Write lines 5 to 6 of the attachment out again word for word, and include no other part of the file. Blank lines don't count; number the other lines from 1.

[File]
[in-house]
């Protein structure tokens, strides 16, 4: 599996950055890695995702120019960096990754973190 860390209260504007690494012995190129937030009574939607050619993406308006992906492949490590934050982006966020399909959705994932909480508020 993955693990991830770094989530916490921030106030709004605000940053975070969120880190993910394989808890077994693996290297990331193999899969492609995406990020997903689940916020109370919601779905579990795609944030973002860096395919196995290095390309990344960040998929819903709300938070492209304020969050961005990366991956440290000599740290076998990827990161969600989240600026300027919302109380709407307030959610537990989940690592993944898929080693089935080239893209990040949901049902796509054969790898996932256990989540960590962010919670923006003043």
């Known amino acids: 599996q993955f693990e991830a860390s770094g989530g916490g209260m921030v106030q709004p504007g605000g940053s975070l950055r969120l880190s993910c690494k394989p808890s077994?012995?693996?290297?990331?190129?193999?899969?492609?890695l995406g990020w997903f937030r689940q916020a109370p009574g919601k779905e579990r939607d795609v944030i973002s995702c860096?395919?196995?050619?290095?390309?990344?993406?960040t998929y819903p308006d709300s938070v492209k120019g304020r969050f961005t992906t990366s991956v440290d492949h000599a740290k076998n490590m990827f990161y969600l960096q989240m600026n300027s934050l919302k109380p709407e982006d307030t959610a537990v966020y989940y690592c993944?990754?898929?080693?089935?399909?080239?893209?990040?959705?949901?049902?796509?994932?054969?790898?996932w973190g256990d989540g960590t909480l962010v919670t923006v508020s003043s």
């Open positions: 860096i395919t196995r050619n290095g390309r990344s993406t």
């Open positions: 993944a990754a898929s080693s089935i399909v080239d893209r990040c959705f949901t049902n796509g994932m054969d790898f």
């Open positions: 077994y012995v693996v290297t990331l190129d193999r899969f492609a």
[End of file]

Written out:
């Open positions: 993944a990754a898929s080693s089935i399909v080239d893209r990040c959705f949901t049902n796509g994932m054969d790898f």
């Open positions: 077994y012995v693996v290297t990331l190129d193999r899969f492609a």